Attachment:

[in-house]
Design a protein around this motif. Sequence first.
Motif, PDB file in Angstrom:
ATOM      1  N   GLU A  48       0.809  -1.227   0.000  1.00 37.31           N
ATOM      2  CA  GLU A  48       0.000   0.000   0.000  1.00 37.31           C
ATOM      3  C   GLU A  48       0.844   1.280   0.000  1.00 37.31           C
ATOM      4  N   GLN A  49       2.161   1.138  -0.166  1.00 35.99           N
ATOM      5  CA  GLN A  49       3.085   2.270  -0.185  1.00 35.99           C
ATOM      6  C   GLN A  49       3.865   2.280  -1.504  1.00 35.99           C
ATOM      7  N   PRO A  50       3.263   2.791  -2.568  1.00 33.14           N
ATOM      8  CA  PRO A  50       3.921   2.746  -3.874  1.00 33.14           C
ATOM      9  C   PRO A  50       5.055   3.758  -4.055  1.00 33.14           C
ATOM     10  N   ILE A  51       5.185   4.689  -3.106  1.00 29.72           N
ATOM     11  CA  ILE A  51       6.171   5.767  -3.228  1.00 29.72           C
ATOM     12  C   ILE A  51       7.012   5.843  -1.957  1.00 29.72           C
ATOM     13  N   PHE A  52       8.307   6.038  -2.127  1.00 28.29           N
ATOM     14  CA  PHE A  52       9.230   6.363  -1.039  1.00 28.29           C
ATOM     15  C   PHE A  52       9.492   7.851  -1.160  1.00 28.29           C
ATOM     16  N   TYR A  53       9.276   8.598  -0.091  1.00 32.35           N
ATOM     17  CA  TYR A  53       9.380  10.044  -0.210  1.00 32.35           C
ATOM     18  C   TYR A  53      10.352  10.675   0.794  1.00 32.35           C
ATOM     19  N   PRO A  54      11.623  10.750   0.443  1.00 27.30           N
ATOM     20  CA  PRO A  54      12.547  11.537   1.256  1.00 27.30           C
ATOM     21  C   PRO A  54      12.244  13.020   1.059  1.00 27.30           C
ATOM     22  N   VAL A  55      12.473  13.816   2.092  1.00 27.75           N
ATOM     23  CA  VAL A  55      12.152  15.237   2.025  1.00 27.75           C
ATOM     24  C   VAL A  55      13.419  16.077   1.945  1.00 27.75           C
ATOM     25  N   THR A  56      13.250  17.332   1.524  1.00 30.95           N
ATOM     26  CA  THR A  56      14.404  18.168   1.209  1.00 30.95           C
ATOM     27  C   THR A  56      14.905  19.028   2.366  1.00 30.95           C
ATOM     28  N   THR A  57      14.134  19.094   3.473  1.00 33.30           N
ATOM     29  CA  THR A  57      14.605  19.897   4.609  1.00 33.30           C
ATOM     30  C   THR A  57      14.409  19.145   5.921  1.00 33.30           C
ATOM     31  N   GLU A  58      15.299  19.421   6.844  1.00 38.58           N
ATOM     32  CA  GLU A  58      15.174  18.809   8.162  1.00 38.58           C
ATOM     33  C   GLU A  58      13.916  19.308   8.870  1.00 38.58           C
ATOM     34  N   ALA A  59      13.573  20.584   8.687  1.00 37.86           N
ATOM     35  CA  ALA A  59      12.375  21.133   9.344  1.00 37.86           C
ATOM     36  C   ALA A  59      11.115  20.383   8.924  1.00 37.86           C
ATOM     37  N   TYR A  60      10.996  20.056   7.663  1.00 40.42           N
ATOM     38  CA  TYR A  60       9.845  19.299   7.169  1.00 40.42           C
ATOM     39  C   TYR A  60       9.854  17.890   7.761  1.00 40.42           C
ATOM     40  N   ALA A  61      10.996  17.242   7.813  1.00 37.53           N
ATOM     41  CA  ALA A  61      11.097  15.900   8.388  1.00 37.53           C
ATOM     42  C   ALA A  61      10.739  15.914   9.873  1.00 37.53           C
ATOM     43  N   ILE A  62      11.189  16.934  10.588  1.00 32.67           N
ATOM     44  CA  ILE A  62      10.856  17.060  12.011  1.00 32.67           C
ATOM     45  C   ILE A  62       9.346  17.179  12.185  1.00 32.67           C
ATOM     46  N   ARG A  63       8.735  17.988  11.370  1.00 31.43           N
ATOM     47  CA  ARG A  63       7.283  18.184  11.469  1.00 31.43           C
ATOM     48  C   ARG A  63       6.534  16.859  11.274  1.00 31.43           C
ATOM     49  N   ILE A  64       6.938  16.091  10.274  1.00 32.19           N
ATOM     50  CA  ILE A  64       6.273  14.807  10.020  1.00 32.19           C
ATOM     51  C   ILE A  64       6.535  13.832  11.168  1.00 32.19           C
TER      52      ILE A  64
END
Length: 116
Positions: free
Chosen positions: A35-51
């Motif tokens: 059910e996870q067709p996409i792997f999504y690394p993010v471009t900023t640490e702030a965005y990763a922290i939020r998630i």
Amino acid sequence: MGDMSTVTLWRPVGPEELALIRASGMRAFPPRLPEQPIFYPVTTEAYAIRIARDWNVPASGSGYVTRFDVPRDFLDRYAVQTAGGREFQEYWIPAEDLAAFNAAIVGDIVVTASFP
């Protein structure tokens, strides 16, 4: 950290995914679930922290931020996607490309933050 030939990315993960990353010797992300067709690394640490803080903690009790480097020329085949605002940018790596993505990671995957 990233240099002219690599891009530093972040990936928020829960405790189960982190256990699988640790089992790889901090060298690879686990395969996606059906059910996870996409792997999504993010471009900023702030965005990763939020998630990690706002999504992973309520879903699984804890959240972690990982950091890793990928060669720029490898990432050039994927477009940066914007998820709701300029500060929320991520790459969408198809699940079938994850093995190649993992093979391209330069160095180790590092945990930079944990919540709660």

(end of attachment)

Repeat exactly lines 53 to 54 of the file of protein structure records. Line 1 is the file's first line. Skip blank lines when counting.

ATOM     50  CA  ILE A  64       6.273  14.807  10.020  1.00 32.19           C
ATOM     51  C   ILE A  64       6.535  13.832  11.168  1.00 32.19           C